John P. Keys left Elizabethton shortly after the United States entered World War II. He, like millions of young Americans, joined the U.S. armed forces and journeyed to Europe, Africa and Asia to fight enemies on two fronts. And like so many of those young Americans, Keys never returned home. The pilot of a B-17 Flying Fortress with serial number 43-37865, Keys and seven members of his nine-member crew were killed in action after their aircraft was shot down during a bombing mission over occupied France near a small village called Perigny on Aug. 8, 1944. Now, 60 years later, the village is planning a memorial tribute to Keys and his air crew. Yann Thomas, a resident of Perigny, informed the Star of plans to memorialize Keys and the crew with a stone memorial on the 50th anniversary of their deaths on Aug. 8, 2004. Keys served as a pilot with the 100th Bomb Group, 349th Bomb Squadron crew flying a B-17 bomber nicknamed the “Varga Venus” (photo below) over occupied France and into Germany during 1944. Keys crew included flight officer and co-pilot, Elvin W. Samuelson on the bomber. The squadron included 2nd Lt. Patrick H. Lollis; 2nd Lt. Elton Dickens; Sgt. Frank O. Thomas; Sgt. Harry D. Park; Sgt. Peter P. Martin; Sgt. Gilbert A. Borba; Sgt. Joseph A. Costanza, and Sgt. Donald V. Rieger. Only waist gunner Borba survived after bailing out of the aircraft, and he was taken prisoner of war. Costanza was not on the flight. The Missing Air Crew report on the incident stated that Dickens bailed out but later died on the same day from a leg wound. The 100th Bomb Group of the U.S. Army Air became known as “The Bloody Hundredth”. Keys and his crew were on a bombing mission over occupied France near St. Sylvain when their plane was shot down near Perigny. According to the U.S. Army’s operations narrative of their mission, Keys’ B-17 was hit by flak in the number two engine roughly 90 seconds before unloading over an occupied area near Perigny. The village lies in the French province of Calvados – the historic province of Normandy – roughly 30 miles southwest of Caen. It is the province where U.S. military men hit the beaches of Normandy and Omaha on D-Day, June 6, 1944. Keys’ crew had a close call on returning to England from a bombing mission in late May. According to a United Press news report published June 2, 1944, the B-17 was “limping home” on one good and one disabled engine. Keys ordered the crew to “throw out everything that can’t shoot”, according to the report. The crew complied, tossing out all removable guns and ammunition as well as some of their clothing, according to the UP report. Thomas said he “threw out his pants, shirt and underwear, declaring, ‘My pants and my all, I give for my country.'” In 1943, the average life of an 8th Air Force B-17 crew was 11 missions. In 1943-1945, the 100th lost 177 aircraft missing in action plus 52 lost due to operational accidents, a total of 229. The 100th was not the Group with the highest losses in the 8th, but since its losses often came many at a time, it soon acquired the reputation of a hard-luck outfit and the name “The Bloody Hundredth.” John Perry Keys was the son of Mr. and Mrs. J.E Keys. A memorial service honoring Keys was held at the First Methodist Church in Elizabethton on April 25, 1948, according to county historical records. Beginning in May 1944, Keys and his crew flew bomb missions that struck munitions factories in Munich and Hamburg as well as oil refineries in Western Germany. They had flown 25 missions over enemy territory when they took off on Aug. 8, 1944, according to a flight history of the crew provided by the 100th Bomb Group Foundation’s Web site. The Foundation preserves the memories of veterans killed in missions over Europe during World War II. Costanza did not fly that mission. The memorial will have the names of all crew members engraved on a marble or bronze tablet and will be placed in front of the town hall of Perigny. World War II veteran and ex-prisoner of war, Wright Swanay, recalled meeting Keys while both were preparing to ship out to Europe. “I was in Salt Lake City, Utah in November 1943,” said Swanay. “John was a pilot, and we were being assigned to our crews. We never knew each other until then.” Swanay said once the men got their assignments, they shook hands and headed off. That was the last time he ever saw Keys. Swanay said Keys was one of three men he made a point to remember each Memorial Day as a veteran and fellow Elizabethtonian who answered the call to duty and gave his life for freedom. “I got shot down and they got shot down,” said Swanay, “and I was the one who came back.”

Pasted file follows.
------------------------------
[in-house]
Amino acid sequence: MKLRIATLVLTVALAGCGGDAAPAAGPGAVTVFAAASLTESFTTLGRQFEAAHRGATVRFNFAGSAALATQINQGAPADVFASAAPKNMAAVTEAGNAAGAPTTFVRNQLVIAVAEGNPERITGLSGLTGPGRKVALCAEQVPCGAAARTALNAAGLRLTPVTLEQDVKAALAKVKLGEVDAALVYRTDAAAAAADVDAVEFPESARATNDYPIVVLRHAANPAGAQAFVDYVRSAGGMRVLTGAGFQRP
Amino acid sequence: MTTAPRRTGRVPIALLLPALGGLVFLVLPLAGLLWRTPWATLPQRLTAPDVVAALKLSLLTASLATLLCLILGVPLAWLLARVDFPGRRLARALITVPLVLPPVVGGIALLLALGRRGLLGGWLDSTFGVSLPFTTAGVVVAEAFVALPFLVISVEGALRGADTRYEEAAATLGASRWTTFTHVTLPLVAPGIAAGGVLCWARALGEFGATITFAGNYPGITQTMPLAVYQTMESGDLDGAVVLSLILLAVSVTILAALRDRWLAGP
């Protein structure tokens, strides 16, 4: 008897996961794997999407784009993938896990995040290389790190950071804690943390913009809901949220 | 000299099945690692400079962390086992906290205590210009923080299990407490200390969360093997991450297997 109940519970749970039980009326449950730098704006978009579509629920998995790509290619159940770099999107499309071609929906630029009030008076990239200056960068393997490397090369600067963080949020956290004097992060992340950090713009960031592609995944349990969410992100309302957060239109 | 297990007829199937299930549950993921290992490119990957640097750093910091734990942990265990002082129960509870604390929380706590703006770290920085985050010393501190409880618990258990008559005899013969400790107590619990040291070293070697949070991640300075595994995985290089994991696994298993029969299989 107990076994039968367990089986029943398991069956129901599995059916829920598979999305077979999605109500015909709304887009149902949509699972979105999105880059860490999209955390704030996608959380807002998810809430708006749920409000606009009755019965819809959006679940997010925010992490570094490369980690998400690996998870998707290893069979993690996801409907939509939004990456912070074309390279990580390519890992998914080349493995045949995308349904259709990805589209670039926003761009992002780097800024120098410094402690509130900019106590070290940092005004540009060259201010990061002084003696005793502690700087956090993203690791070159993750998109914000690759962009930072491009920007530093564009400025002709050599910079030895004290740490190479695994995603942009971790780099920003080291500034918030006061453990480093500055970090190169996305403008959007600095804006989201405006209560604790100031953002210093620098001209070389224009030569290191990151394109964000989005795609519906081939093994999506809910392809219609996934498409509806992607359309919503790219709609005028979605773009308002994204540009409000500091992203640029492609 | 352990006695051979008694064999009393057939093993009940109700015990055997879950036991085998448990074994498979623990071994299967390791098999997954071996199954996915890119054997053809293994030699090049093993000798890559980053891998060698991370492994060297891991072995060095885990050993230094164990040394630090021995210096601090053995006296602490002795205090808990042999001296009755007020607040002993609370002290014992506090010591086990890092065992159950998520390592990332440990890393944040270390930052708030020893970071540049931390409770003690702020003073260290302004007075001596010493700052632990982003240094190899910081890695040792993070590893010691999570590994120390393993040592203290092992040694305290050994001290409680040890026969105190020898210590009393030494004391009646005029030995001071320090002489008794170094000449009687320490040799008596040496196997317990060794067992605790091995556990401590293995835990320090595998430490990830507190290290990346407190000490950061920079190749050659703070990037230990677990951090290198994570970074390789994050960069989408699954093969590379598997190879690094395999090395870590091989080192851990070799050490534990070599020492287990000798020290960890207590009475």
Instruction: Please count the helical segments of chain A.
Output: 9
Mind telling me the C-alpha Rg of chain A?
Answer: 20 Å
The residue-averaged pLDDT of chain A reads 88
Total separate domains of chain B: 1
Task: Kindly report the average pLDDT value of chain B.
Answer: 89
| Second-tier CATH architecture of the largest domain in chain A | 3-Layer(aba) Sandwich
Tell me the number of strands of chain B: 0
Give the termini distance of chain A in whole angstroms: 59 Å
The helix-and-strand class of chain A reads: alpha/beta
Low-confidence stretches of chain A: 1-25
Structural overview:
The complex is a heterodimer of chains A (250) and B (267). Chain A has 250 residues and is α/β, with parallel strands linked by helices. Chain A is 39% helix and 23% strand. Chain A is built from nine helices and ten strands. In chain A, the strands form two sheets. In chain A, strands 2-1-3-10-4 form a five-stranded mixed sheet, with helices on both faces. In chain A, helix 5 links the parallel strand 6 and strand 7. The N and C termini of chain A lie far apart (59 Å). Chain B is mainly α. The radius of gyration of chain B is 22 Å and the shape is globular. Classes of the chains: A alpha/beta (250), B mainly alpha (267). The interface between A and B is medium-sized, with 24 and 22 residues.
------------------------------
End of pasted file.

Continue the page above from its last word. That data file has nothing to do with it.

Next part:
The crewmembers and hometowns listed at the 100th Bomb Groups Web site are:
1st Lt. John P. Keys, pilot, Elizabethton, Tenn.
Flight Officer Elvin W. Samuelson, co-pilot, Montgomery, Ill.
2nd Lt. Patrick H. Lollis, navigator, Kansas City, Mo.
2nd Lt. Elton Dickens, bombardier, Spokane, Wash.
T/Sgt. Frank O. Thomas, radio operator, Rutland, Vt.
T/Sgt. Harry D. Park, top turret gunner, Galesburg, Ill.
S/Sgt. Peter P. Martin, ball turret gunner, San Francisco, Calif.
S/Sgt. Gilbert A. Borba, waist gunner, Salinas, Calif.
S/Sgt. Donald V. Rieger, tail gunner, Lathrop, Calif.
Submitted by his niece, Judy L. Jones